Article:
Many of the Amani School supporters, and our Hope & Gratitude prayer email list recipients, will be looking out for an update here on the community situation at Amani, following an urgent email prayer request at the end of 2022.
Ashur is part of an isolated group of people in Tanzania called the Digo, who have been left behind in education and their children considered not worth educating at all. We think differently. We see a child’s worth through God’s eyes, and we and our Tanzanian church partner at Amani School know that the Digo people are created in the image of God and have intrinsic value as His creation. We know that the children here deserve a chance at more than generational poverty, teen marriage, and subsistence farming on tiny plots of land carved ever smaller with each generation. …
Building the High School was a highlight of the past year, but the sports evangelism program and the agriculture program are also contributing to what they refer to at Amani as “building a bridge to somewhere” – because that path to “somewhere” is missing for so many kids. “So, you study theology – then you end up serving as an ‘engineer” helping to build a high school!’ said Pastor Majama recently.
The Amani school began in 2008 as outreach on the East African coast and is one of only a few primary schools where the language of instruction is English – essential to success in high school, where instruction is in English. The school is now ranked among the top 10% in the country. Currently, almost 300 primary children receive a quality education, meals, vocational training, and Christian mentorship. And as of January 2022, Amani will have a new High School, meeting a critical need.
The Amani school began in 2008 as outreach on the East African coast and is one of only a few primary schools where the language of instruction is English – essential to success in high school, where instruction is in English. And the school is now ranked among the top 10% in the country. Currently, over 300 primary children receive a quality education, meals, vocational training, and Christian mentorship.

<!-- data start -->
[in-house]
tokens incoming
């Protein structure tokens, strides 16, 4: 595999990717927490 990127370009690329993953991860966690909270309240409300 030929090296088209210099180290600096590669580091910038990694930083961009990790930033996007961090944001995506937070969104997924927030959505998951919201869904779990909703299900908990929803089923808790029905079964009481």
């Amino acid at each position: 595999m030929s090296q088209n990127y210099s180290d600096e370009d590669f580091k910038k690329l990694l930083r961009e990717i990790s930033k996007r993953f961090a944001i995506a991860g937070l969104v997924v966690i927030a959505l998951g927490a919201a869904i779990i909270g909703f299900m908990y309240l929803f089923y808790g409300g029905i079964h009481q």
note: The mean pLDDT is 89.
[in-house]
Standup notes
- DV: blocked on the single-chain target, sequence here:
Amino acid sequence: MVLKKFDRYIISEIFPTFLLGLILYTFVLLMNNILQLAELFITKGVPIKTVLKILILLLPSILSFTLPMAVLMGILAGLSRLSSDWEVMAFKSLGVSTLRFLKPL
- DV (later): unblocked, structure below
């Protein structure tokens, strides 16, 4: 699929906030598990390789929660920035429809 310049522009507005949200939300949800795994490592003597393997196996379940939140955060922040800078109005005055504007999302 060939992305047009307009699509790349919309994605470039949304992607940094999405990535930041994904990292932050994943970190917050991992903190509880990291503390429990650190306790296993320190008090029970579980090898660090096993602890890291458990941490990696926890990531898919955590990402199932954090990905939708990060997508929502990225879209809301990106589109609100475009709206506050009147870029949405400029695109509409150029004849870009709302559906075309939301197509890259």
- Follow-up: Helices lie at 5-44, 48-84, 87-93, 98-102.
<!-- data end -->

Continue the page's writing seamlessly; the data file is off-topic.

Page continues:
Mwalimu is five years old and in kindergarten at Amani. He is described as a happy boy at school, and he likes to play ‘cars’ with the other children outside. “They make cars out of bottles,” Sarah explained, “using the bottle caps as wheels.”
The Amani school was able to reopen on June 29th after remaining closed for 3.5 months. As of now, there are no known cases or apparent symptoms of COVID-19 in the Pande community (northeastern Tanzania), where the school resides, although there is no longer government testing for the disease. Nevertheless, the community was not spared the economic impacts of the closures during the lockdown.
This is Pendo. She is in senior kindergarten and started at the school this past summer (2019). Her parents own farmland about 15 km from the school. Life is hard for the family, and the production from the farm is quite low.
At the Amani School, the teachers continue to pour their hearts into the children’s education. As we spoke with Sarah Isaak, the school’s administrator (photographed below), at 5 p.m. on a Wednesday (before the virus began), a teacher was still working with grade 5 students in the background, giving the children extra support beyond the already long school day.
Meet Kibika, a hard-working boy both at home and at school. Kibika rides his bicycle to school every day.
This May, I had the opportunity to travel alongside my grandfather, and long-time supporter of Hope Story, to the Amani School in Tanzania, Africa to visit his sponsor child.